The list of citing cases includes cases from all the different jurisdictions JustisOne covers. If your subscription doesn’t include a specific jurisdiction you will still be able to see the citation for the case but won’t be able to access it through JustisOne. Links to free sources to the case may be available, for instance to New Zealand cases on the New Zealand Legal Information Institute (NZLII).

    Lexis Advance and/or Westlaw Canada

    On Lexis Advance Quicklaw and WestlawNext Canada there is no automatic or perfect way to do this, but there’s a partial workaround. Select some consecutive words in the paragraph that are likely to be cited.

    The words should be distinct enough so as not to appear exactly in the same way in any other case and short enough that a search engine can handle the search.

    Try 5 to 8 words. Then do a phrase search in a full text database. In Westlaw select Cases, use the Advanced Search function and enter the terms in the "This exact phrase" search box.


    In Quicklaw select cases, use the Advanced Search function and put quotation marks around the phrase.

    With thanks to CanLII's Sarah Sutherland, vLex Justis’s Mary Ibrahim and Ken Fox of the Law Society of Saskatchewan.

  • 18 Apr 2021 5:45 PM | Michel-Adrien Sheppard (Administrator)

    By Erin Clupp, Research Librarian in Norton Rose Fulbright’s Vancouver office.

    Congratulations! You’ve successfully completed library school and are a freshly minted information professional. What is an exciting time in your life can also be overshadowed by what comes next: the dreaded job hunt, heightened by the fact that we are still struggling through the COVID-19 pandemic.

    Despite this being a challenging and unprecedented time to enter the workforce, there are still many exciting opportunities that await you. Here are some tips and words of advice that I hope are helpful and comforting as you navigate through this next phase of your career:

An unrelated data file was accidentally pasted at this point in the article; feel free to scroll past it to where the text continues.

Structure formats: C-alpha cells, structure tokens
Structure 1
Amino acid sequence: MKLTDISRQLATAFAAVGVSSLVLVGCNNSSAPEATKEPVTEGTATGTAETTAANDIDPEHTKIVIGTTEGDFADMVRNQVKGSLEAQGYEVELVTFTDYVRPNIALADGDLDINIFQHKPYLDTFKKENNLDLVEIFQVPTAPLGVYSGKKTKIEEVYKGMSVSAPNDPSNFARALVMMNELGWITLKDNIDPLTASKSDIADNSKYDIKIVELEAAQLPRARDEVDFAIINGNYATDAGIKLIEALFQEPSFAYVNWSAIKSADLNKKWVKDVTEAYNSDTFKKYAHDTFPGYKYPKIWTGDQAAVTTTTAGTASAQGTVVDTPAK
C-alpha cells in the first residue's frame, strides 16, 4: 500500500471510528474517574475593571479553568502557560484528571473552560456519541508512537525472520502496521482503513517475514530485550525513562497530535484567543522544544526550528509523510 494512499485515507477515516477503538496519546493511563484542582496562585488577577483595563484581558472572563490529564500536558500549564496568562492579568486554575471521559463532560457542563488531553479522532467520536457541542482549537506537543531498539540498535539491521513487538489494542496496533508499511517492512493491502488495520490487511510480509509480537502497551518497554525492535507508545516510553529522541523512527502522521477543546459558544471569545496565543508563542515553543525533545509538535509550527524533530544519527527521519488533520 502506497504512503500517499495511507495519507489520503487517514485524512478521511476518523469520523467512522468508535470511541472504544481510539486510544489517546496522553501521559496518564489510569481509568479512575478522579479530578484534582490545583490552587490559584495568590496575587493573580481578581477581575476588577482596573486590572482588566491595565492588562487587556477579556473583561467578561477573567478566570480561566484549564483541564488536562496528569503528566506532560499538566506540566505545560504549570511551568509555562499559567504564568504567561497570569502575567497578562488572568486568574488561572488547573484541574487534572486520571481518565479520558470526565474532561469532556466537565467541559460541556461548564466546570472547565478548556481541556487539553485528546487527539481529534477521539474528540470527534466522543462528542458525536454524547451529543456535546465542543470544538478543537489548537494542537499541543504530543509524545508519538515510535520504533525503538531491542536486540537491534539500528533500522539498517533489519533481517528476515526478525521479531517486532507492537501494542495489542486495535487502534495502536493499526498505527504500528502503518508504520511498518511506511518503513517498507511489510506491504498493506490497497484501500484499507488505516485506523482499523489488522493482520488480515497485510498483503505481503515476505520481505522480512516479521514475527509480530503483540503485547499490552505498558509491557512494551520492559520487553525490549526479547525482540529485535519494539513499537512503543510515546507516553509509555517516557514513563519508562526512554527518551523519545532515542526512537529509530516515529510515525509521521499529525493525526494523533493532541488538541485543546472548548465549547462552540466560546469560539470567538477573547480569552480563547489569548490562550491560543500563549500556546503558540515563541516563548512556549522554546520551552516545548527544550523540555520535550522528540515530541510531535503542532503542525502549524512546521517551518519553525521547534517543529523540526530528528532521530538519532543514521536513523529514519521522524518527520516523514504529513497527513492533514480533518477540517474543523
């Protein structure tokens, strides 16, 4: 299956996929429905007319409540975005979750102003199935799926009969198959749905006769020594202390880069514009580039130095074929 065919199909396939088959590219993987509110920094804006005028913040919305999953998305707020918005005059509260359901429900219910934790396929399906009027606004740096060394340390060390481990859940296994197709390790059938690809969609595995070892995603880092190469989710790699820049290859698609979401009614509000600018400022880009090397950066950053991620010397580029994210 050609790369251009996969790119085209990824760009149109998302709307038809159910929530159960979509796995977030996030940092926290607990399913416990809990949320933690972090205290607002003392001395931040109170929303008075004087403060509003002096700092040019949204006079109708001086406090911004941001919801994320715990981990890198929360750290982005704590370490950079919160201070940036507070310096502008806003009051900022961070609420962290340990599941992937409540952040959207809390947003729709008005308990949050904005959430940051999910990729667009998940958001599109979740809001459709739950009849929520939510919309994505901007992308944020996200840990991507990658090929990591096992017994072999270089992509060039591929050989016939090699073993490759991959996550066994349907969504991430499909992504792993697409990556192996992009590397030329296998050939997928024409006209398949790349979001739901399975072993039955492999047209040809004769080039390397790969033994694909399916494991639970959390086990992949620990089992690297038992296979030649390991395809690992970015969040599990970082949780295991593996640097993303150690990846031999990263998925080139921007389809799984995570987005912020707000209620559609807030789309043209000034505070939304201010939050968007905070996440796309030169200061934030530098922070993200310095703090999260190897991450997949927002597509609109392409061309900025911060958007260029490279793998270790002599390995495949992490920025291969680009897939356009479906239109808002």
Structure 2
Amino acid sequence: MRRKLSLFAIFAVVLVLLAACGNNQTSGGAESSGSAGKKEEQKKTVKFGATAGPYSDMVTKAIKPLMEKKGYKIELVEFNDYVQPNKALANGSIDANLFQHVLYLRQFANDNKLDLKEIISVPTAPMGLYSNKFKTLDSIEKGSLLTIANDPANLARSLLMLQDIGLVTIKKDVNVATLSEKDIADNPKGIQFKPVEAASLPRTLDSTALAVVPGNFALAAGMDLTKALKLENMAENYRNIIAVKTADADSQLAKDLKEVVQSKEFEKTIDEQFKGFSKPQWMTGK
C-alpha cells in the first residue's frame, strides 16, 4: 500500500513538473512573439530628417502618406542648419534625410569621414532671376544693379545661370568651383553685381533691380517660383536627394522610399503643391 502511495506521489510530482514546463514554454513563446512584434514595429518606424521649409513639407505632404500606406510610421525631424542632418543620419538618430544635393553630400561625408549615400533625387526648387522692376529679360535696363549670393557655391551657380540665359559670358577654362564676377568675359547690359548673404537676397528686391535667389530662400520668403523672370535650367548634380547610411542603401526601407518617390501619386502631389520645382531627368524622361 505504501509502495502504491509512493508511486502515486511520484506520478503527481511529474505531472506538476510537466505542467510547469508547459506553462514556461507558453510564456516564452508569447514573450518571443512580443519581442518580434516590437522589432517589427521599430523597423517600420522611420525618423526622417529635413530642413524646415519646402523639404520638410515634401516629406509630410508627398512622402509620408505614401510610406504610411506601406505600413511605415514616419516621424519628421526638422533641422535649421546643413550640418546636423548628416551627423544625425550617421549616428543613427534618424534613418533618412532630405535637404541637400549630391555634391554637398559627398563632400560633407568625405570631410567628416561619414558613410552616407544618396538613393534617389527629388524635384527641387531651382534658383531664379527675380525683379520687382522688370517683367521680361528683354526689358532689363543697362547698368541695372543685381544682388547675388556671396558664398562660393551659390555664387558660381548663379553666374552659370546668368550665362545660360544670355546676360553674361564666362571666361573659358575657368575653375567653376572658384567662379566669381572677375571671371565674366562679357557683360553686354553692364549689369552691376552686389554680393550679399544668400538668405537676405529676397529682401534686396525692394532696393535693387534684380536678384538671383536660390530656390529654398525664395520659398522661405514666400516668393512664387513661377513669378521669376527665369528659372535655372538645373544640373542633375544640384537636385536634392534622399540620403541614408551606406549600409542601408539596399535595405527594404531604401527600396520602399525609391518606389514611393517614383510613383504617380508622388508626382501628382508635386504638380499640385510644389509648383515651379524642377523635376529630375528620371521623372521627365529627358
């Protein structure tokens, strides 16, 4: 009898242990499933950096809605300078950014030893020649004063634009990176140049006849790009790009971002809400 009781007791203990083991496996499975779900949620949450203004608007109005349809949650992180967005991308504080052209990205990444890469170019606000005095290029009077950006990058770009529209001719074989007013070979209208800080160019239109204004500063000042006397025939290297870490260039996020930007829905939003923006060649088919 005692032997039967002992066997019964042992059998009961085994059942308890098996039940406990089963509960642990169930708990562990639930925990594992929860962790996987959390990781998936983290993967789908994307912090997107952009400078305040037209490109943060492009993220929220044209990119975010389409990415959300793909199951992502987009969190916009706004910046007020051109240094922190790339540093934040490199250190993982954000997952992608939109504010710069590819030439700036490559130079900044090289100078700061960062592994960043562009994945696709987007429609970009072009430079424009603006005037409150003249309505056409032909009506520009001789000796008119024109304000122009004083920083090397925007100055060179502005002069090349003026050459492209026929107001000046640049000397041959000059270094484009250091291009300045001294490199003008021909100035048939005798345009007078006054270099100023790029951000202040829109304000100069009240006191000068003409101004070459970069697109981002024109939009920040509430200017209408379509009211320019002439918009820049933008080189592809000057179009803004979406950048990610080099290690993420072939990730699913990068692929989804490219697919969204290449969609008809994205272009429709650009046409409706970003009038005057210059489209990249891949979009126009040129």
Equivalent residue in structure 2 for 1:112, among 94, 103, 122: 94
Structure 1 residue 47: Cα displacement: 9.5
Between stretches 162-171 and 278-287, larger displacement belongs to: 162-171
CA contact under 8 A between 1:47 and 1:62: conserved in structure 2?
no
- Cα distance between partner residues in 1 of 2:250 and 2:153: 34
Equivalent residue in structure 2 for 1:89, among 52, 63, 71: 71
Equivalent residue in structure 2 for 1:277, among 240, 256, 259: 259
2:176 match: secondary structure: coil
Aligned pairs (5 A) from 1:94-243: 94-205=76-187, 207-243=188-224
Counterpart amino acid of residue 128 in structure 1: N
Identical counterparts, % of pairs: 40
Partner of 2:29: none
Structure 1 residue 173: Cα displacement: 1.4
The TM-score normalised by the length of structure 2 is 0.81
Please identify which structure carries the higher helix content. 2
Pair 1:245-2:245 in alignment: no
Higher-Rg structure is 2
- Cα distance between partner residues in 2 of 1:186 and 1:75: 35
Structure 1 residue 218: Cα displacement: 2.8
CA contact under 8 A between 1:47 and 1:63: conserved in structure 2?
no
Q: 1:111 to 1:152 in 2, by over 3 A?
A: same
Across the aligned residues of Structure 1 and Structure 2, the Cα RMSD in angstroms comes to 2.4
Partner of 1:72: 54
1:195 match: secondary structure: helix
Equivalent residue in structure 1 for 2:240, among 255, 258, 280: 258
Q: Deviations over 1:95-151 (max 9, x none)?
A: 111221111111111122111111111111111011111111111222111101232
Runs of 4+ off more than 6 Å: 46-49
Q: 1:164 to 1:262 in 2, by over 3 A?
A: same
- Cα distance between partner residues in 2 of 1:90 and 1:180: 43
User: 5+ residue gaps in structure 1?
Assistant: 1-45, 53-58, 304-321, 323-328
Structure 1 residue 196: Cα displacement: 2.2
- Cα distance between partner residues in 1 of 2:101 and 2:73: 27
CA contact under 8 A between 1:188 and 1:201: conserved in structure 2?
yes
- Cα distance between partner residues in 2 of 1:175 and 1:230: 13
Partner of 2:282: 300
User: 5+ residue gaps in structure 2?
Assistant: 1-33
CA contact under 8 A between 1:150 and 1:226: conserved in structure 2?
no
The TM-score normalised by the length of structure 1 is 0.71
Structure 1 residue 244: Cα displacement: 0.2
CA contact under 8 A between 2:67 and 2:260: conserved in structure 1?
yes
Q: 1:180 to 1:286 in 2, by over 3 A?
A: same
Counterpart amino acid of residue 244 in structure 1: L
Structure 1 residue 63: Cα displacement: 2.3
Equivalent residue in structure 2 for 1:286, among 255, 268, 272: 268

1) Manage your expectations but be kind to yourself

    First and foremost, job hunting can really suck. It’s important to acknowledge this and understand there will be periods of frustration, self-doubt, and worry (especially when we have bills to pay). This is normal! Rejection can be painful, and sending applications into that black hole where resumes seem to go can be demoralizing but don’t give up!

    When job hunting, be mindful of the following:

    As a new grad, you are probably eager and excited to land that first job and start working! Have some patience, the process may take longer than you would like it to be (before and during the interview process).

    It is also great to have goals, but realize you may not get your “dream job” right outside the gate. That is fine! Along the way, you may find you don’t have one dream job after all, and that you enjoy doing many types of work.

    Resist the urge to compare yourself to others. Some people may seem to have better “luck” or have more apparent success early on. We don’t always know their stories, what their past experiences are or who they may know. Just remember, we are all operating on different timelines and your opportunity will come. It doesn’t make you a failure or unworthy if it takes you a bit longer or if you end up in an area completely different than you originally thought.

    While job hunting can become a full time job, don’t forget to take breaks and don’t let it become all-consuming. Focus some energy on your hobbies, personal relationships, and most importantly rest!

    2) Beyond the library – be flexible and think outside the box

    The information profession is evolving, and while there are still plenty of “traditional” LIS jobs in academic and public library settings, there are increasingly more jobs in special libraries and in larger “information teams” in government, private corporations, and non-profits. When searching for job postings, don’t just focus on the job title, be sure to also read the descriptions and position requirements. Look for buzz words like “information analyst”, “knowledge management”, “content creation”, “competitive intelligence”, “prospect research”, “information architecture”, or “data curation”, all of which use the skills of an LIS professional and are increasingly in demand as businesses recognize the need for improved information governance and user experience.

    I know people with LIS backgrounds who work in academic institutions, museums, archives, law firms, government, telecommunications companies, non-profit organizations, healthcare, and international organizations doing a variety of work including research, privacy, information security, instruction, technical writing, and management. Basically any organization that deals with information and people (read: all of them) may have a position that you can apply for. Now is the time to experiment and try new opportunities. Don’t worry about pigeonholing yourself, because you can always leverage your transferable skills and move within industries and organizations.

    3) Take a leap – consider a move!